The Challenge of Detecting Mutagenic Impurities

WHITE PAPER

By Harley Wilcox, MBA, Senior Scientific Advisor

Current guidelines, including ICH M71, provide an overview of assessing and evaluating limits of pharmaceutical impurities suspected or classified as mutagenic impurities. These impurities may be associated with known added agents, environmental factors or degradation products from pharmaceutical compositions. Proposed limits for genotoxic impurities reside well below common impurities discussed in ICH Q3A2 guidance and require analytical techniques capable of detecting and measuring ppm to ppb levels. This presentation provides an overview of analytical technologies for detecting mutagenic impurities.

Introduction

Investigational new drug development requires a demonstration of safety and efficacy. Over the last two decades the safety requirements for CMC have become more clearly defined. Specifically, evaluation of impurities of actives and drug products in relation to container closures, as well as manufacturing, are covered in the guidelines including ICH, regulatory agencies, and USP. The introduction of guidelines for trace metals and mutagenic impurities suggest rigorous control of impurities. The ICH M7 guidance outlines limiting carcinogenic risk by assessing possible mutagenic impurities in new drug substance and products. The primary challenge associated in measuring mutagenic impurities (MI) is often the need for low to very low-level detection limits.

Early industry articles and draft guidance often used terminology such a “genotoxic” and “carcinogenic” impurities, however the 2015 issued M7 guidance refers to mutagenicity. The significant difference is that a genotoxin may not be a mutagen and a mutagen is defined as follows:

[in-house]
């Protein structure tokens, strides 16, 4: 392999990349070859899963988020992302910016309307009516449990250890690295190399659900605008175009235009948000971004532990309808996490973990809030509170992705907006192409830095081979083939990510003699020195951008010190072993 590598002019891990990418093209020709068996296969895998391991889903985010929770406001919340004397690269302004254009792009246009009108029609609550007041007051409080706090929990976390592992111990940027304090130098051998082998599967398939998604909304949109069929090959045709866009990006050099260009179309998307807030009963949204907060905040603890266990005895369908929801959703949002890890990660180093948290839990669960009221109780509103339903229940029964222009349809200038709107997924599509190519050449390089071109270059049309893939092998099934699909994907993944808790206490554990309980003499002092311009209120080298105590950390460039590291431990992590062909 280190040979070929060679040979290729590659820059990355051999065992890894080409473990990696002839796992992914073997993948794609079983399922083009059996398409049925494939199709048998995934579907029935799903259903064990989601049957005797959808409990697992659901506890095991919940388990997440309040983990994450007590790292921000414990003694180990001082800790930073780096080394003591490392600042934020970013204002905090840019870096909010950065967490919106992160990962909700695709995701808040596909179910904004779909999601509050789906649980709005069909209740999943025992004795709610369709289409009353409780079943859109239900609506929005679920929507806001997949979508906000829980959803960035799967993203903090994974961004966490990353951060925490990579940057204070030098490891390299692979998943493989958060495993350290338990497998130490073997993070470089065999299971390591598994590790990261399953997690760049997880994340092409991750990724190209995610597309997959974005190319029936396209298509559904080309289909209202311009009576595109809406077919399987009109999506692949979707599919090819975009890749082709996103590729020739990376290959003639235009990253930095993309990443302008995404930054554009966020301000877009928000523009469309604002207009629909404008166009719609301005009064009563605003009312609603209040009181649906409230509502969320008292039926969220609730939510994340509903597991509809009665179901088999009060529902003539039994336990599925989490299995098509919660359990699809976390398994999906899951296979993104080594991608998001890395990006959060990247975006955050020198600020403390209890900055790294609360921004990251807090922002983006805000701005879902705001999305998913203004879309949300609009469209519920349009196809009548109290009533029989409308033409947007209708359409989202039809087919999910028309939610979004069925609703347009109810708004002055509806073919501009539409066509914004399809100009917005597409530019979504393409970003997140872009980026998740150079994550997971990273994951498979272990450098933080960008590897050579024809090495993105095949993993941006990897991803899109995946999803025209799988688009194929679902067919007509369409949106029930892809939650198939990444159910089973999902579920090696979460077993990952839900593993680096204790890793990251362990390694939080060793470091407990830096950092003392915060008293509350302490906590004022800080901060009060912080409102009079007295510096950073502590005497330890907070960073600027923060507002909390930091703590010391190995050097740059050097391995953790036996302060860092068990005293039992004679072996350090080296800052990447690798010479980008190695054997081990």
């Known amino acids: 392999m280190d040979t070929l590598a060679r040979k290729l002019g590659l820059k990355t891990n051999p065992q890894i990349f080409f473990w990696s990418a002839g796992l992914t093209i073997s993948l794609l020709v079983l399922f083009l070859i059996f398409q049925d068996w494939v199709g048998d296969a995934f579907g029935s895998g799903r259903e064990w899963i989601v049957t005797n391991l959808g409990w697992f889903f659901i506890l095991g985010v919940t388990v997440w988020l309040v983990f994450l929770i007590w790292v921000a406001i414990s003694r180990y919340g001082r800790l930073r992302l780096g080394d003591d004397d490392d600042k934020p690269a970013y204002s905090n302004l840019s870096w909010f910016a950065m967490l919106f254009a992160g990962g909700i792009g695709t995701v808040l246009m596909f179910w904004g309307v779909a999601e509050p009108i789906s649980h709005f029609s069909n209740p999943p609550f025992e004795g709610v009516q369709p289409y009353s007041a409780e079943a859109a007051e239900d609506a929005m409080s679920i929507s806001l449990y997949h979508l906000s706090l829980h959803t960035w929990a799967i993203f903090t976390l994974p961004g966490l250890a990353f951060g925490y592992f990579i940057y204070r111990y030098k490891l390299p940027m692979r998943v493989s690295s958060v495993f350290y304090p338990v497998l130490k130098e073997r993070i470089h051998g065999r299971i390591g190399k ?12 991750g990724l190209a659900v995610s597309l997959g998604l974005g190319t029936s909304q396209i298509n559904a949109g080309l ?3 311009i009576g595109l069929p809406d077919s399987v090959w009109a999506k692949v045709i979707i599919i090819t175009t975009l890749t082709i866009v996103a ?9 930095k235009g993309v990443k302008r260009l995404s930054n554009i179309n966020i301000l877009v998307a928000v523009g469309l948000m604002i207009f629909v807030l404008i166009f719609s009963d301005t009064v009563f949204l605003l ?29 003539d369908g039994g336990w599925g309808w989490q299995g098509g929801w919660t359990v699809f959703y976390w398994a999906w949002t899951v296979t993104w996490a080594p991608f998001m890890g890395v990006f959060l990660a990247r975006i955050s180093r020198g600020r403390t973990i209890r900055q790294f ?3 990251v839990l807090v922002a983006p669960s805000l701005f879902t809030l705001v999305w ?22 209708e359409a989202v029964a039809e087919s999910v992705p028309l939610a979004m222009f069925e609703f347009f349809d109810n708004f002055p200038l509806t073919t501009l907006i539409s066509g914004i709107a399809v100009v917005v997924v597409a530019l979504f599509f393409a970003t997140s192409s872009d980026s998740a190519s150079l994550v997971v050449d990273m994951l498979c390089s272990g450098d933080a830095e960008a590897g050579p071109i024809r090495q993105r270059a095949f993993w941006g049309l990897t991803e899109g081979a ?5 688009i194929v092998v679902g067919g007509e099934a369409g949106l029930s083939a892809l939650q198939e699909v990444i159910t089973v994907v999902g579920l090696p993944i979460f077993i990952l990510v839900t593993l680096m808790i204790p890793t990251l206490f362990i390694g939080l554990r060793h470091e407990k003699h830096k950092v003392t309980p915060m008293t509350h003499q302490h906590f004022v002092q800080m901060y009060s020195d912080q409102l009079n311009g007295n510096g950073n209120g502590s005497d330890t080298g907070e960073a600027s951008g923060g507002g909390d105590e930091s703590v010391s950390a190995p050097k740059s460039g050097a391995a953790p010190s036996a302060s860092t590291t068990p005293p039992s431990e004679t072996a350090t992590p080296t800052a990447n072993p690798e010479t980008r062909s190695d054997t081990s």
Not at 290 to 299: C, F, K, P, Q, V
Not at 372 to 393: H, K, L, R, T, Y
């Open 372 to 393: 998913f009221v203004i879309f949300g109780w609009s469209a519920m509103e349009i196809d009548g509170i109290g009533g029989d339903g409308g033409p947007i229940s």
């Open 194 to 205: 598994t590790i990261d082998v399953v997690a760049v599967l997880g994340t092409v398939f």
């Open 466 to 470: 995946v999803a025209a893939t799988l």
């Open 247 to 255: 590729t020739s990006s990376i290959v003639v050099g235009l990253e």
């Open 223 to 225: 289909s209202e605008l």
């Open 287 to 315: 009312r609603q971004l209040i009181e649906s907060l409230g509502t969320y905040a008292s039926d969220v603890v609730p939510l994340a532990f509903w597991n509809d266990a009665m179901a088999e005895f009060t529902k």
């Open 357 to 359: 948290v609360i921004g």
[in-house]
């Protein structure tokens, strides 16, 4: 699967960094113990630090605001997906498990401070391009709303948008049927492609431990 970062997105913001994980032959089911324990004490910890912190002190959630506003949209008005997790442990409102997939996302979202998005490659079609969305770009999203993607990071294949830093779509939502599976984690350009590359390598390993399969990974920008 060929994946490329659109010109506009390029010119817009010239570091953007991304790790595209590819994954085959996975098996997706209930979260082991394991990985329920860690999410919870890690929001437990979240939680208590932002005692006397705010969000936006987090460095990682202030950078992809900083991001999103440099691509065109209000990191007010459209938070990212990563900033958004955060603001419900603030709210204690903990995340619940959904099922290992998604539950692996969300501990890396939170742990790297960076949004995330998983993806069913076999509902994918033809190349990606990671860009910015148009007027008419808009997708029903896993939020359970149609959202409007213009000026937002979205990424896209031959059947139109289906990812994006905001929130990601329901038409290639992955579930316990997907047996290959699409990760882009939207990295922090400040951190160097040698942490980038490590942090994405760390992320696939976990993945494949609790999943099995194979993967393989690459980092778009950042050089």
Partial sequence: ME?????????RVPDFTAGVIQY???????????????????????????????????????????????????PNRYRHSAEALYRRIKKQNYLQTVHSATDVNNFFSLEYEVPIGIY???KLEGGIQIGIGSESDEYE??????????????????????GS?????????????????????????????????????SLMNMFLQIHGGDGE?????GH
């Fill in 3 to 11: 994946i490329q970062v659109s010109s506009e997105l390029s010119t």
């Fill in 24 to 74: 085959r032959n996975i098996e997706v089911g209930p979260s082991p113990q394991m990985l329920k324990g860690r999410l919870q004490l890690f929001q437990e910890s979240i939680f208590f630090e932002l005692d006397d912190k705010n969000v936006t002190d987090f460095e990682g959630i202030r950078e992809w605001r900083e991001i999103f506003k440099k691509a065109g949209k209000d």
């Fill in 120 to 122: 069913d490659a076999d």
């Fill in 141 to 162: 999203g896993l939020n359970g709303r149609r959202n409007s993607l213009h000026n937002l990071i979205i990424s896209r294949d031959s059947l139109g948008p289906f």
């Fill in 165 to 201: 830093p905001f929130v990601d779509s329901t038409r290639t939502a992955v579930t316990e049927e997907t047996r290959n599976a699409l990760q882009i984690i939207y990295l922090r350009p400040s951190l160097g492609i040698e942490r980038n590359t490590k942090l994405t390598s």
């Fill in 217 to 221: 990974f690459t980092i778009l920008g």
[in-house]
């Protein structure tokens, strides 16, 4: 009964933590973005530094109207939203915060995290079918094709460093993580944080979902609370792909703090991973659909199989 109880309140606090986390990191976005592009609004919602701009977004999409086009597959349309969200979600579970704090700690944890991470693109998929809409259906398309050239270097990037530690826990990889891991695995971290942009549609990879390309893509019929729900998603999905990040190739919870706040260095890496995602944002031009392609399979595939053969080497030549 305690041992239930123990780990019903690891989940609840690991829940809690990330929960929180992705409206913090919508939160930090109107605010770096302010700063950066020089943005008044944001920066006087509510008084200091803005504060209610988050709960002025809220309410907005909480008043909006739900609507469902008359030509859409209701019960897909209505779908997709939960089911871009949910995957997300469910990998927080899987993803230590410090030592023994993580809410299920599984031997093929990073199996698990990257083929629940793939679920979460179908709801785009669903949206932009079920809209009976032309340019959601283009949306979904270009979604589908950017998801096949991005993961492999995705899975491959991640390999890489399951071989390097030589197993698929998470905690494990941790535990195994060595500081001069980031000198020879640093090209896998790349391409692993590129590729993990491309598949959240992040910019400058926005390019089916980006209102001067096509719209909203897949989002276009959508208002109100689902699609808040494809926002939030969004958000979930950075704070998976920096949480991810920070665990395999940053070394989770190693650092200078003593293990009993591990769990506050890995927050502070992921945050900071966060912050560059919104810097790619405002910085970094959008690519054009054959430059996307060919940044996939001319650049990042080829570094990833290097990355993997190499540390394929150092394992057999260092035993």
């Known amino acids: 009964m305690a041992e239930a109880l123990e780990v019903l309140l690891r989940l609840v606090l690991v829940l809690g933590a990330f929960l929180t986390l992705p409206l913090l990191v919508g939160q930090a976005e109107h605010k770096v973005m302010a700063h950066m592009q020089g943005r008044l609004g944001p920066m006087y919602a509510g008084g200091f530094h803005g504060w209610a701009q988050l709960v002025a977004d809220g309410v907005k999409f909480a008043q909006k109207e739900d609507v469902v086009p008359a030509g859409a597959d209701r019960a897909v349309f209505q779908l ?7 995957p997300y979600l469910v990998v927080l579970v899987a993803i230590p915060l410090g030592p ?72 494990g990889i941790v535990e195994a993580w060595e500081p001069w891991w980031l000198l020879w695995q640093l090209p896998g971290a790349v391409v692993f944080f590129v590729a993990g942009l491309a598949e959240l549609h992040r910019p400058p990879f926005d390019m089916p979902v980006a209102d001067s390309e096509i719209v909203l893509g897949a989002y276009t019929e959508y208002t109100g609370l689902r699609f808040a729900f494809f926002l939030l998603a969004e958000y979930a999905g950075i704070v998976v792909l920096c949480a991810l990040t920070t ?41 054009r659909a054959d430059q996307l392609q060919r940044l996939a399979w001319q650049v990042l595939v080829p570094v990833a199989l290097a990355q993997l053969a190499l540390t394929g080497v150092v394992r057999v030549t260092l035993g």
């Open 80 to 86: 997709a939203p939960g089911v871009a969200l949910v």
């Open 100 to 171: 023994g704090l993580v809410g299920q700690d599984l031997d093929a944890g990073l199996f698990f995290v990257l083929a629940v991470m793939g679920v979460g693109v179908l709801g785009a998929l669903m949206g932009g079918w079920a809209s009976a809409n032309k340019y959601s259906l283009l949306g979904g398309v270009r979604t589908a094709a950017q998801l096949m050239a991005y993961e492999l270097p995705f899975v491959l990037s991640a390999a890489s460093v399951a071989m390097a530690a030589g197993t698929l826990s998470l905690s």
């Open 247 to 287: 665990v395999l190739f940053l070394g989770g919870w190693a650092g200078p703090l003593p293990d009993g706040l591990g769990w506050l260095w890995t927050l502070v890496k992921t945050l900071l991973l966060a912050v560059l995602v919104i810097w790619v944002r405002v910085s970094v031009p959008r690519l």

Anything that causes a mutation (a change in the DNA of a cell). DNA changes caused by mutagens may harm cells and cause certain diseases, such as cancer. Examples of mutagens include radioactive substances, x-rays, ultraviolet radiation, and certain chemical3.

Assessing Levels of MIs

Non-mutagenic impurities are typically evaluated in drug substances at levels above 0.05% weight/weight or relative peak area using standard detection techniques (ICH Q3A).  Suggested threshold levels of MIs are determined by daily intake and dose duration. These limit MIs to less than 1.5 µg per day for a concentration of less than 10 ppm. Therefore, a detection technique of 70-fold lower may be needed, as profiled in Table 1.  One way to view the introduction of MIs is to categorize from three primary sources with the detection complexities differing based on the source of the MI.

Mutagenic Impurities, Table 1 Comparing Q3A and M7 levels

Thus, it is clear from Table 1 and a little math, the MIs to be quantitated may require much higher sensitivity than for standard Q3A impurities at the 0.05% level and at 30% TTC (Threshold of Toxicological Concern.

This paper discusses two of the three sources of mutagenic impurities: things that are added and things that may form in the matrix. Environmental MIs, also known as leachables, are not covered here, as these are typically analyzed in independently defined programs.

MIs That Are Added

Finding “things that are added” is less complicated than “things that may form.” Both require an initial assessment. For example, knowing that an acid chloride was added at step 3 of a 5-step synthesis, a sample is available, and detection characteristics can be extrapolated, suggests a straightforward process of detecting the MI. In addition, available toxicological data simplifies the assessment.